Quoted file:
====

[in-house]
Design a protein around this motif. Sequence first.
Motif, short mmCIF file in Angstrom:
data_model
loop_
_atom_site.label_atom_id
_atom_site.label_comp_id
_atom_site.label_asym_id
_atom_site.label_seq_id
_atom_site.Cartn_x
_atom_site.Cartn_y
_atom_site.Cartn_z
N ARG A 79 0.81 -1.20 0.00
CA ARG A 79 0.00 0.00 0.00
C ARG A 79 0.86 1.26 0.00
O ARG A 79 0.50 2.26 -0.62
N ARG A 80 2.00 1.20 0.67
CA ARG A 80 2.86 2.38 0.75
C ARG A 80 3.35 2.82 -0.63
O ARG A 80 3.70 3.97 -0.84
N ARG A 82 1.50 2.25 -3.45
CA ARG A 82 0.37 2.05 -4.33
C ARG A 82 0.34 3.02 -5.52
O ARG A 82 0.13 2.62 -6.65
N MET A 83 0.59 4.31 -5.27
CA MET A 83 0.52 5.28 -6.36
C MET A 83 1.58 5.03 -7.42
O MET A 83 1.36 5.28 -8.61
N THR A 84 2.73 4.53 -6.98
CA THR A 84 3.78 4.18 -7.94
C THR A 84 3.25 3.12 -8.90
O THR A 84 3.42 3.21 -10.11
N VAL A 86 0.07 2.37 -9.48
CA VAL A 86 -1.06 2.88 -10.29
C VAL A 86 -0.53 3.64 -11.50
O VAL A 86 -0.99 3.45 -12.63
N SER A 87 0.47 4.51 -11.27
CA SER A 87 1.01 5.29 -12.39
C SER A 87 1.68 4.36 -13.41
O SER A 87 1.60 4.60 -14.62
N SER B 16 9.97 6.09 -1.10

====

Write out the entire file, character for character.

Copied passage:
[in-house]
Design a protein around this motif. Sequence first.
Motif, short mmCIF file in Angstrom:
data_model
loop_
_atom_site.label_atom_id
_atom_site.label_comp_id
_atom_site.label_asym_id
_atom_site.label_seq_id
_atom_site.Cartn_x
_atom_site.Cartn_y
_atom_site.Cartn_z
N ARG A 79 0.81 -1.20 0.00
CA ARG A 79 0.00 0.00 0.00
C ARG A 79 0.86 1.26 0.00
O ARG A 79 0.50 2.26 -0.62
N ARG A 80 2.00 1.20 0.67
CA ARG A 80 2.86 2.38 0.75
C ARG A 80 3.35 2.82 -0.63
O ARG A 80 3.70 3.97 -0.84
N ARG A 82 1.50 2.25 -3.45
CA ARG A 82 0.37 2.05 -4.33
C ARG A 82 0.34 3.02 -5.52
O ARG A 82 0.13 2.62 -6.65
N MET A 83 0.59 4.31 -5.27
CA MET A 83 0.52 5.28 -6.36
C MET A 83 1.58 5.03 -7.42
O MET A 83 1.36 5.28 -8.61
N THR A 84 2.73 4.53 -6.98
CA THR A 84 3.78 4.18 -7.94
C THR A 84 3.25 3.12 -8.90
O THR A 84 3.42 3.21 -10.11
N VAL A 86 0.07 2.37 -9.48
CA VAL A 86 -1.06 2.88 -10.29
C VAL A 86 -0.53 3.64 -11.50
O VAL A 86 -0.99 3.45 -12.63
N SER A 87 0.47 4.51 -11.27
CA SER A 87 1.01 5.29 -12.39
C SER A 87 1.68 4.36 -13.41
O SER A 87 1.60 4.60 -14.62
N SER B 16 9.97 6.09 -1.10